2. Creating an engaging and effective learning environment
The first days and weeks of school are critical for teachers to get to know their students, establish norms and routines, set high expectations for learning, create a collaborative classroom culture, and help students feel comfortable and confident. Many of the traditional ways of creating an effective classroom culture will have to be adjusted to fit a virtual environment or meet social distancing requirements. This spring made clear that there are new norms and expectations to consider in a virtual classroom. The NIET Rubric Companion for Virtual Instruction includes strategies for creating a positive virtual environment, including discussing and modeling digital citizenship, setting up small groups to facilitate social and emotional learning, and utilizing the private chat feature or 1:1 hangouts to check in with individual students.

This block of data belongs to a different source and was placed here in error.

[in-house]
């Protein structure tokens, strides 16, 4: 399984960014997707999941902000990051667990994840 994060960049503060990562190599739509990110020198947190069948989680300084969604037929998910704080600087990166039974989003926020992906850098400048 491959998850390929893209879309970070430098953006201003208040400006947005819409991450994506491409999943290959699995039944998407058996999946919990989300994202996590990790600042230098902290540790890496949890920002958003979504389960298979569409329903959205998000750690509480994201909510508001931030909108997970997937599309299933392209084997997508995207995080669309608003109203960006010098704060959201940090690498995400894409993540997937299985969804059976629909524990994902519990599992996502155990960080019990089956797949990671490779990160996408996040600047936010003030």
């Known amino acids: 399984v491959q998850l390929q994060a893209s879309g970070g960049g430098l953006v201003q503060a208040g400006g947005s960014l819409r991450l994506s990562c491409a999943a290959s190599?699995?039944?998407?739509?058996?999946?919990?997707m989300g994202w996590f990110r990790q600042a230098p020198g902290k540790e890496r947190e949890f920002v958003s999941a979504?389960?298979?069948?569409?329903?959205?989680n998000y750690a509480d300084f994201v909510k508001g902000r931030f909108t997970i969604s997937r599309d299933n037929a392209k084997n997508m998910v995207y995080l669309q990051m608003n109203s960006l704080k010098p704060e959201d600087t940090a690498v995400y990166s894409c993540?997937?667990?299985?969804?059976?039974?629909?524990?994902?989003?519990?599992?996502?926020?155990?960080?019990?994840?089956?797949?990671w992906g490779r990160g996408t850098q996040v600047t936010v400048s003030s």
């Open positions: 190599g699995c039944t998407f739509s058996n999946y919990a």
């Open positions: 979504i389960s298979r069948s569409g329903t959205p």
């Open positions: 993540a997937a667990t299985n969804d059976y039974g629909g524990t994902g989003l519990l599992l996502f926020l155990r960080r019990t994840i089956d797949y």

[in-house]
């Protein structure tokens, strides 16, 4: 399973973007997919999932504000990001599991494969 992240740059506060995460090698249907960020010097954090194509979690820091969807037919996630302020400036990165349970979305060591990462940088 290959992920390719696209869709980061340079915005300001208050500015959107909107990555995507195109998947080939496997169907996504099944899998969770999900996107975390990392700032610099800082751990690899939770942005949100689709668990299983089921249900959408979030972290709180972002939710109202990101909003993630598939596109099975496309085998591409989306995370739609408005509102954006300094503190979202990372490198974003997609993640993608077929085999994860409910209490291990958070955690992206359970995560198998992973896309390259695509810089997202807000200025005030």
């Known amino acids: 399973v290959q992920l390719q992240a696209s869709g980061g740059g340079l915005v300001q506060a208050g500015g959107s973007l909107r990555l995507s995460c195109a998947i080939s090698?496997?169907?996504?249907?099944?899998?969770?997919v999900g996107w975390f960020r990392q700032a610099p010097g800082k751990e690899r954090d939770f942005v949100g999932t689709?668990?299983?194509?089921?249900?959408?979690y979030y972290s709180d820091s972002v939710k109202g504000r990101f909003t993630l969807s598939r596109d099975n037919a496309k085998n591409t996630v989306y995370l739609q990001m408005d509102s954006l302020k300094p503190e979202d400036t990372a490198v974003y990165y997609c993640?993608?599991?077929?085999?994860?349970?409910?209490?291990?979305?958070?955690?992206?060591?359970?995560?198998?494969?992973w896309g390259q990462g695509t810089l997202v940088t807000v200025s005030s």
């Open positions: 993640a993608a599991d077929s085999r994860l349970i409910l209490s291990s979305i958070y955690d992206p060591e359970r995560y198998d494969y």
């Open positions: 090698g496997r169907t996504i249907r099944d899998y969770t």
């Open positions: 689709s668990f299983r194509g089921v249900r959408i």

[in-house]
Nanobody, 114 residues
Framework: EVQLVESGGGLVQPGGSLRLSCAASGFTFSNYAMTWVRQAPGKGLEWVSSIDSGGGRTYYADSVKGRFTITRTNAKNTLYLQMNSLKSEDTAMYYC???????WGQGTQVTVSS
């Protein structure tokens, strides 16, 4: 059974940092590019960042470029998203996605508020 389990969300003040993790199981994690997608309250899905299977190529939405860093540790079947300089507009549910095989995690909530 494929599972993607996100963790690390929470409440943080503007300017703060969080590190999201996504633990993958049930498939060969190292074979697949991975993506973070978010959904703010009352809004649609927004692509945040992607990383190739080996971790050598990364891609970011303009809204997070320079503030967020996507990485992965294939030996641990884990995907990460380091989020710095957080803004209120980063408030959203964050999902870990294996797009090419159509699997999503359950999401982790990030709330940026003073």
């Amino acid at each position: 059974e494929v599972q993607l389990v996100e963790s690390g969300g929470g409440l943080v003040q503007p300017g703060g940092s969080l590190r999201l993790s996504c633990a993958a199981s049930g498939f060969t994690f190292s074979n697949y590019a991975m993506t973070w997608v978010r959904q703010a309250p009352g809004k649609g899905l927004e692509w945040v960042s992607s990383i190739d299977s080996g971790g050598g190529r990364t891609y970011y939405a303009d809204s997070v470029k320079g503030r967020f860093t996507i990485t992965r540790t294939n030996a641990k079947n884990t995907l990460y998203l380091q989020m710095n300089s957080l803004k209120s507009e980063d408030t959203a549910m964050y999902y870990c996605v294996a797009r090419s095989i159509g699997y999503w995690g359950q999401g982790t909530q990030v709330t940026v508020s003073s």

3. Developing relationships with students and families
One of the biggest lessons learned by teachers and schools during the transition to virtual learning was the importance of frequent, individual communication with students and families. For new teachers, this will be more difficult, as they are new to the school and community and many will "meet" their students and peers for the first time virtually. School leaders need to share the school communication mechanisms and cultural expectations with new teachers, help them plan strategies for communicating with individual students and families, and support them in building partnerships with parents to support students at home.
Creating Opportunities for New Teachers to Engage in Collaborative Learning